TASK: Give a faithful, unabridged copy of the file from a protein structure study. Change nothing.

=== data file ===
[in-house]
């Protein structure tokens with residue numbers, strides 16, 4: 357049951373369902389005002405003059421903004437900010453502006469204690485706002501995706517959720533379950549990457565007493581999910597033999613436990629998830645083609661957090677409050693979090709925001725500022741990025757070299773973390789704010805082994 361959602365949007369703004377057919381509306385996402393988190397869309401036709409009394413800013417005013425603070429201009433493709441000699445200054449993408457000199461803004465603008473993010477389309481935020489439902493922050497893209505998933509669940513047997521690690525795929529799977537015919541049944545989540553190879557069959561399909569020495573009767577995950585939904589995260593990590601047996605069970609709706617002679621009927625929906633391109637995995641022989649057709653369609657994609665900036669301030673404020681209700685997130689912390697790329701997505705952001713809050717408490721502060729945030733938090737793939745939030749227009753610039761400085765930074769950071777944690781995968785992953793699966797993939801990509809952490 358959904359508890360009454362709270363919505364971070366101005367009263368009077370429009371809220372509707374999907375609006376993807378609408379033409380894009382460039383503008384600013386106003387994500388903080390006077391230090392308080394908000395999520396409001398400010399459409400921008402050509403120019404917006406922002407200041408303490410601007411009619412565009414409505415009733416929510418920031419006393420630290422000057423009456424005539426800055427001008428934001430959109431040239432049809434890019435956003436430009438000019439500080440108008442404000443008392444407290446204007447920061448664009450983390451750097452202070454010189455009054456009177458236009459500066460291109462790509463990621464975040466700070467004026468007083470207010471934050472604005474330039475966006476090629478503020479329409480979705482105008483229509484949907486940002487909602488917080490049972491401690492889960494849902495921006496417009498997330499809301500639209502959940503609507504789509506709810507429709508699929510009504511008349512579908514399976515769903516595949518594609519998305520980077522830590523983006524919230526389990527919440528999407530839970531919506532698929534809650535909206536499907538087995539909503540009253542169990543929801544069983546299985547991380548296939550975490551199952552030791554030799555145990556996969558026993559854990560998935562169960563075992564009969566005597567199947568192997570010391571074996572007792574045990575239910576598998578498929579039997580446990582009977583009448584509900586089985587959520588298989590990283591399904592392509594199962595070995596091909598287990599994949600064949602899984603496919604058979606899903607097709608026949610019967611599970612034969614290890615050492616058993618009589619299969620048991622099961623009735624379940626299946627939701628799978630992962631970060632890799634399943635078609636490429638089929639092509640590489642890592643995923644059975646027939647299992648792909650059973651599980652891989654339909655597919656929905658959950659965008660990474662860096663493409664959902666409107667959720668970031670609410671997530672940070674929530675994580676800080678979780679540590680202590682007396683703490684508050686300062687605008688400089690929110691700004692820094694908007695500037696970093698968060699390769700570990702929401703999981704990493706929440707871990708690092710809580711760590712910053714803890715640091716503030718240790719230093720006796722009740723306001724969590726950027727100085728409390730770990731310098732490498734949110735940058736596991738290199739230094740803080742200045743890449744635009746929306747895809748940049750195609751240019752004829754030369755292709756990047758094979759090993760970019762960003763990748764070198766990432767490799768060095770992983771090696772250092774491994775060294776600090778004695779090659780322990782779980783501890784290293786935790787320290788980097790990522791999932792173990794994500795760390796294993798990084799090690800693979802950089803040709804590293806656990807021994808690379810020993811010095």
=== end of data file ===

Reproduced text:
[in-house]
């Protein structure tokens with residue numbers, strides 16, 4: 357049951373369902389005002405003059421903004437900010453502006469204690485706002501995706517959720533379950549990457565007493581999910597033999613436990629998830645083609661957090677409050693979090709925001725500022741990025757070299773973390789704010805082994 361959602365949007369703004377057919381509306385996402393988190397869309401036709409009394413800013417005013425603070429201009433493709441000699445200054449993408457000199461803004465603008473993010477389309481935020489439902493922050497893209505998933509669940513047997521690690525795929529799977537015919541049944545989540553190879557069959561399909569020495573009767577995950585939904589995260593990590601047996605069970609709706617002679621009927625929906633391109637995995641022989649057709653369609657994609665900036669301030673404020681209700685997130689912390697790329701997505705952001713809050717408490721502060729945030733938090737793939745939030749227009753610039761400085765930074769950071777944690781995968785992953793699966797993939801990509809952490 358959904359508890360009454362709270363919505364971070366101005367009263368009077370429009371809220372509707374999907375609006376993807378609408379033409380894009382460039383503008384600013386106003387994500388903080390006077391230090392308080394908000395999520396409001398400010399459409400921008402050509403120019404917006406922002407200041408303490410601007411009619412565009414409505415009733416929510418920031419006393420630290422000057423009456424005539426800055427001008428934001430959109431040239432049809434890019435956003436430009438000019439500080440108008442404000443008392444407290446204007447920061448664009450983390451750097452202070454010189455009054456009177458236009459500066460291109462790509463990621464975040466700070467004026468007083470207010471934050472604005474330039475966006476090629478503020479329409480979705482105008483229509484949907486940002487909602488917080490049972491401690492889960494849902495921006496417009498997330499809301500639209502959940503609507504789509506709810507429709508699929510009504511008349512579908514399976515769903516595949518594609519998305520980077522830590523983006524919230526389990527919440528999407530839970531919506532698929534809650535909206536499907538087995539909503540009253542169990543929801544069983546299985547991380548296939550975490551199952552030791554030799555145990556996969558026993559854990560998935562169960563075992564009969566005597567199947568192997570010391571074996572007792574045990575239910576598998578498929579039997580446990582009977583009448584509900586089985587959520588298989590990283591399904592392509594199962595070995596091909598287990599994949600064949602899984603496919604058979606899903607097709608026949610019967611599970612034969614290890615050492616058993618009589619299969620048991622099961623009735624379940626299946627939701628799978630992962631970060632890799634399943635078609636490429638089929639092509640590489642890592643995923644059975646027939647299992648792909650059973651599980652891989654339909655597919656929905658959950659965008660990474662860096663493409664959902666409107667959720668970031670609410671997530672940070674929530675994580676800080678979780679540590680202590682007396683703490684508050686300062687605008688400089690929110691700004692820094694908007695500037696970093698968060699390769700570990702929401703999981704990493706929440707871990708690092710809580711760590712910053714803890715640091716503030718240790719230093720006796722009740723306001724969590726950027727100085728409390730770990731310098732490498734949110735940058736596991738290199739230094740803080742200045743890449744635009746929306747895809748940049750195609751240019752004829754030369755292709756990047758094979759090993760970019762960003763990748764070198766990432767490799768060095770992983771090696772250092774491994775060294776600090778004695779090659780322990782779980783501890784290293786935790787320290788980097790990522791999932792173990794994500795760390796294993798990084799090690800693979802950089803040709804590293806656990807021994808690379810020993811010095």